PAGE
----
A planet's life forms inhabit ecosystems, whose total is sometimes said to form a "biosphere". 3.5 Gya. The biosphere is divided into a number of biomes, inhabited by broadly similar plants and animals. On land, biomes are separated primarily by differences in latitude, height above sea level and humidity. Terrestrial biomes lying within the Arctic or Antarctic Circles, at high altitudes or in extremely arid areas are relatively barren of plant and animal life; species diversity reaches a peak in humid lowlands at equatorial latitudes.Earth's biosphere is thought to have begun evolving about
In July 2016, scientists reported identifying a set of 355 genes from the last universal common ancestor (LUCA) of all organisms living on Earth.
|Unused, productive land||356–445|
Earth has resources that have been exploited by humans.Those termed non-renewable resources, such as fossil fuels, only renew over geological timescales.
Large deposits of fossil fuels are obtained from Earth's crust, consisting of coal, petroleum, and natural gas.These deposits are used by humans both for energy production and as feedstock for chemical production. Mineral ore bodies have also been formed within the crust through a process of ore genesis, resulting from actions of magmatism, erosion, and plate tectonics. These bodies form concentrated sources for many metals and other useful elements.
Earth's biosphere produces many useful biological products for humans, including food, wood, pharmaceuticals, oxygen, and the recycling of many organic wastes. The land-based ecosystem depends upon topsoil and fresh water, and the oceanic ecosystem depends upon dissolved nutrients washed down from the land. 50.53 million km2 (19.51 million sq mi) of Earth's land surface consisted of forest and woodlands, 67.88 million km2 (26.21 million sq mi) was grasslands and pasture, and 15.01 million km2 (5.80 million sq mi) was cultivated as croplands. The estimated amount of irrigated land in 1993 was 2,481,250 km2 (958,020 sq mi). Humans also live on the land by using building materials to construct shelters.In 1980,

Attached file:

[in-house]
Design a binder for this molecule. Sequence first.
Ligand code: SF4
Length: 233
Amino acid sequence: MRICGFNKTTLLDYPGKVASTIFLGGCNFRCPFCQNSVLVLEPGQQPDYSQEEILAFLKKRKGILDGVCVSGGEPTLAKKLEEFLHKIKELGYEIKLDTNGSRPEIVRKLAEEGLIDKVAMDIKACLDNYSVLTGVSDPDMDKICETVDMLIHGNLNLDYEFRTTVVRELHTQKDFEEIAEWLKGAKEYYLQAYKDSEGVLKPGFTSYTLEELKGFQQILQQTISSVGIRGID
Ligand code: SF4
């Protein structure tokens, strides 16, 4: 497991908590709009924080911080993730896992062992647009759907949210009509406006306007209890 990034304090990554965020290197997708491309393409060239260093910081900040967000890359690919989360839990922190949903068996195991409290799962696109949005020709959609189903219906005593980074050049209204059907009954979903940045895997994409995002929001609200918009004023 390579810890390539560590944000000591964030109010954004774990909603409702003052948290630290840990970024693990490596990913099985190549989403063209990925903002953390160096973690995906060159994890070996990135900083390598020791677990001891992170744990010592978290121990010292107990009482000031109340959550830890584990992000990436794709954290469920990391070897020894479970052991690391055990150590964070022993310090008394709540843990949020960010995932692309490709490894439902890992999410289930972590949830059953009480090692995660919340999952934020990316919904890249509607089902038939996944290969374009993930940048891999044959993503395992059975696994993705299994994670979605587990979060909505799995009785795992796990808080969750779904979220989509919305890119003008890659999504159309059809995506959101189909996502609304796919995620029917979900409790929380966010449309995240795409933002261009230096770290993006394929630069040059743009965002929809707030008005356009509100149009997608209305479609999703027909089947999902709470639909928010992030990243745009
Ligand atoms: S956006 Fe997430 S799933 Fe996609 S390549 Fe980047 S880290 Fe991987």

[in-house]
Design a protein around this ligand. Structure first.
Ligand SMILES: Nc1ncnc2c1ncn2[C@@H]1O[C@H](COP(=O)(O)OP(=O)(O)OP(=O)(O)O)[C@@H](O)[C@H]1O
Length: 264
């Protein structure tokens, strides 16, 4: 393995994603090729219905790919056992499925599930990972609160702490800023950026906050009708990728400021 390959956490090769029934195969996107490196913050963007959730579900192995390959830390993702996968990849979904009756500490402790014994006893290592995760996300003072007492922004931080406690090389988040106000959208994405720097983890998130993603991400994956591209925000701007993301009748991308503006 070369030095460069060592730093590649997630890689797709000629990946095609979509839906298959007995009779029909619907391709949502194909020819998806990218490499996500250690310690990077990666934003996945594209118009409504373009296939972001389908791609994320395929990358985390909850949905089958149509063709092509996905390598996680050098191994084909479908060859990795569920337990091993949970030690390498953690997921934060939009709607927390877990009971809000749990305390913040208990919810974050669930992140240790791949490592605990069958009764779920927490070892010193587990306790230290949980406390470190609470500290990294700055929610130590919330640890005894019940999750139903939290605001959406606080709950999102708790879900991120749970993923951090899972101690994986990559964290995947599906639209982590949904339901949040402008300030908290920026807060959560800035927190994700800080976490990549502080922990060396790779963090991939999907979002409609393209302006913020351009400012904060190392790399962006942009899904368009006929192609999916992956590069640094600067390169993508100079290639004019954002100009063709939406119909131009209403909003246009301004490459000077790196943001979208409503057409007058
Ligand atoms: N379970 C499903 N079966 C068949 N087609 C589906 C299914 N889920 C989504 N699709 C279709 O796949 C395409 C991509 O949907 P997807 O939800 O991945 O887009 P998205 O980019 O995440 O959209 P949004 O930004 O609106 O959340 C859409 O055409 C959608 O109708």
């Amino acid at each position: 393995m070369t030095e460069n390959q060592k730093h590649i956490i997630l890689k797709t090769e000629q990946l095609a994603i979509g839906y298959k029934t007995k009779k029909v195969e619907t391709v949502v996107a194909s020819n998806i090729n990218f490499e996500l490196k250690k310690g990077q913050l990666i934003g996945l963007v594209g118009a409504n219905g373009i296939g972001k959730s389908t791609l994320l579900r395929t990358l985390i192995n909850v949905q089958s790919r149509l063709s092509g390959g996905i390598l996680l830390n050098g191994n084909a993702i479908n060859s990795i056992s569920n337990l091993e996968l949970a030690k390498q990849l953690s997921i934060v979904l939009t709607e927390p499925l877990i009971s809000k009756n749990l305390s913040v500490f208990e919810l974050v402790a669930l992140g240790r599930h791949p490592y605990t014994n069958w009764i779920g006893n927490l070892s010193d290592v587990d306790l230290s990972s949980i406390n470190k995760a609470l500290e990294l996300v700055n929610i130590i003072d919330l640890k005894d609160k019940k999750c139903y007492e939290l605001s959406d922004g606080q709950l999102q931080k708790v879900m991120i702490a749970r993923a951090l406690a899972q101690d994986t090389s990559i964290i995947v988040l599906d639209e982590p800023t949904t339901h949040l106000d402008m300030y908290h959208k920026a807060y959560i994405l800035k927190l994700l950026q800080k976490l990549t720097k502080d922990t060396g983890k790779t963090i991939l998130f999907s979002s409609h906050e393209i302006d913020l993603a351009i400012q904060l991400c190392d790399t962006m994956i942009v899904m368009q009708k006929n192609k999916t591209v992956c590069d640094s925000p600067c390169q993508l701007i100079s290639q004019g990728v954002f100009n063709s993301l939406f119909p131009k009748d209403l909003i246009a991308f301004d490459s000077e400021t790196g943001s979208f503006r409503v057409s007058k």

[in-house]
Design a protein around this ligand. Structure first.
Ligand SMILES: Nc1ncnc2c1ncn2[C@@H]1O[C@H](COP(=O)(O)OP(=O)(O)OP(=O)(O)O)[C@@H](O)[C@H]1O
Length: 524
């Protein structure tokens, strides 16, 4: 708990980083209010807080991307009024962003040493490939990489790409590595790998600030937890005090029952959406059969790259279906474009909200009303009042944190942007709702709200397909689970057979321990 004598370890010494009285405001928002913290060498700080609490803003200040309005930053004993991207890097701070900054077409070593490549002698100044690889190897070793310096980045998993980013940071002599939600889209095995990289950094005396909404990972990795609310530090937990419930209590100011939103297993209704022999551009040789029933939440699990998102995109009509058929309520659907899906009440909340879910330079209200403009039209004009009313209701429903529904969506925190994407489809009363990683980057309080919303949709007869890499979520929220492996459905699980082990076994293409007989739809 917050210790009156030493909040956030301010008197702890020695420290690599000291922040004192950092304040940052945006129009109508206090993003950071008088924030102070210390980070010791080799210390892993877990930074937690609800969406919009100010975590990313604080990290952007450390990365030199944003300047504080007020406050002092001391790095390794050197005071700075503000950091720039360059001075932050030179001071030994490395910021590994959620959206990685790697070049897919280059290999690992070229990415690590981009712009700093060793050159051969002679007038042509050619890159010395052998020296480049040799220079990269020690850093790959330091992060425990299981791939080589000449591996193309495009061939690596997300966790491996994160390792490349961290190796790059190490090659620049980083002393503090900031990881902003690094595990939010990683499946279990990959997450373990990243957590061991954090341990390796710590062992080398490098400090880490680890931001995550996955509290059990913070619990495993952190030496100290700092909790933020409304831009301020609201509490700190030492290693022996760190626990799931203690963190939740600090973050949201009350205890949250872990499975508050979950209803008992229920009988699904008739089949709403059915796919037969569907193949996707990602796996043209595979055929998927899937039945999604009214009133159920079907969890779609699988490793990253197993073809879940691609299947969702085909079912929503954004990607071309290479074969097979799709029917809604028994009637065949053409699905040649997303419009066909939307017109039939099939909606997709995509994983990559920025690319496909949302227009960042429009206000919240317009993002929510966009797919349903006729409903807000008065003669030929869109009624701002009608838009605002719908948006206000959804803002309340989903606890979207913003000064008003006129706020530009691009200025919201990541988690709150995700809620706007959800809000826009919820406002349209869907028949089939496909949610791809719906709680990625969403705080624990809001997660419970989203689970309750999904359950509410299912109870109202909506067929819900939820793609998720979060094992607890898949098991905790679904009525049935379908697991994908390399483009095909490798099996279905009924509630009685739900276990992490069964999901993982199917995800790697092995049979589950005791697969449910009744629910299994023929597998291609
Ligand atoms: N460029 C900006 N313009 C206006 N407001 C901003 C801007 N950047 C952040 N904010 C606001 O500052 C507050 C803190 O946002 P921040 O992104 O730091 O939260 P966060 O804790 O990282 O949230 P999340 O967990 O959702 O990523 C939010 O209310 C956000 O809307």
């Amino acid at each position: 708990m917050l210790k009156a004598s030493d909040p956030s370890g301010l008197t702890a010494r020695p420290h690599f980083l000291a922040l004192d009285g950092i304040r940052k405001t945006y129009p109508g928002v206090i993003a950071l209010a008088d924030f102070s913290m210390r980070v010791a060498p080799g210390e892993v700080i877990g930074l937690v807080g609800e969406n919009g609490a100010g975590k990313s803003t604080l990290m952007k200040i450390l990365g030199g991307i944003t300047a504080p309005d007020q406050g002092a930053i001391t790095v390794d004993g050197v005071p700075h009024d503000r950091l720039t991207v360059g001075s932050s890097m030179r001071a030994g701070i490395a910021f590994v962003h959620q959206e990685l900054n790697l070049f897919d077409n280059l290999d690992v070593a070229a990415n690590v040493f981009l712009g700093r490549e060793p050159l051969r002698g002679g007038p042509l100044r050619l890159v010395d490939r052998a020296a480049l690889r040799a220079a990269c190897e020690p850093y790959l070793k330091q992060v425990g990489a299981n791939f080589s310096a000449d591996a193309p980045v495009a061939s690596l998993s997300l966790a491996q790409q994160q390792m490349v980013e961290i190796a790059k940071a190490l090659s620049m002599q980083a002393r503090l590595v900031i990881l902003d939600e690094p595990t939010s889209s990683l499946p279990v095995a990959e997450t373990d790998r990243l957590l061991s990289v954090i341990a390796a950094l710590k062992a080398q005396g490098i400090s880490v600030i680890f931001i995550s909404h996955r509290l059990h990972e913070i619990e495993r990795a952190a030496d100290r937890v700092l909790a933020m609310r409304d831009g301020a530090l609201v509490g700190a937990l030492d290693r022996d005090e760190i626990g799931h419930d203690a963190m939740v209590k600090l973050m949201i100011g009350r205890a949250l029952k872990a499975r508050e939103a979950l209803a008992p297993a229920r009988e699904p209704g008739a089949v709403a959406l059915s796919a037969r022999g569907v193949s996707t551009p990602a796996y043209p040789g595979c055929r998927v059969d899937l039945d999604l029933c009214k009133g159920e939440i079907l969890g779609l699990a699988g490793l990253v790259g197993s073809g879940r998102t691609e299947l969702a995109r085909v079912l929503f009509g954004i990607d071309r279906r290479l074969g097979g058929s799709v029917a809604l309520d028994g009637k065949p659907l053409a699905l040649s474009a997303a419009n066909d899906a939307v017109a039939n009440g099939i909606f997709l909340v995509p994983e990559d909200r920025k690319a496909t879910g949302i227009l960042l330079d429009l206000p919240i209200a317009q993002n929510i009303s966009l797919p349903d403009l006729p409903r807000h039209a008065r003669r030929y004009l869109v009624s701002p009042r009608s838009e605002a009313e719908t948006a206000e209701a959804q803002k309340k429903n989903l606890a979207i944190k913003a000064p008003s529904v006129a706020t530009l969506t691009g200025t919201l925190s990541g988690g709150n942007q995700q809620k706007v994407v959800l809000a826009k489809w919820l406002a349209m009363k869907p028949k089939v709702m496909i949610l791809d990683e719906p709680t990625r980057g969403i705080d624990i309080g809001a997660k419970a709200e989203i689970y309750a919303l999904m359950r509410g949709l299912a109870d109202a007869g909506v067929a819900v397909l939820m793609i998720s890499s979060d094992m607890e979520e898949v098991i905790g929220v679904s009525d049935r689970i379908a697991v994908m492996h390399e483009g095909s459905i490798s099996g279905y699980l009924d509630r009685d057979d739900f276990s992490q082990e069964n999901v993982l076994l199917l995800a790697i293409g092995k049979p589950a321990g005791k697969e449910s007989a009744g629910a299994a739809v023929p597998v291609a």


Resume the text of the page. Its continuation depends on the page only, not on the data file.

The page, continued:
Large areas of Earth's surface are subject to extreme weather such as tropical cyclones, hurricanes, or typhoons that dominate life in those areas. From 1980 to 2000, these events caused an average of 11,800 human deaths per year.Many places are subject to earthquakes, landslides, tsunamis, volcanic eruptions, tornadoes, sinkholes, blizzards, floods, droughts, wildfires, and other calamities and disasters.
Many localized areas are subject to human-made pollution of the air and water, acid rain and toxic substances, loss of vegetation (overgrazing, deforestation, desertification), loss of wildlife, species extinction, soil degradation, soil depletion and erosion.
There is a scientific consensus linking human activities to global warming due to industrial carbon dioxide emissions. This is predicted to produce changes such as the melting of glaciers and ice sheets, more extreme temperature ranges, significant changes in weather and a global rise in average sea levels.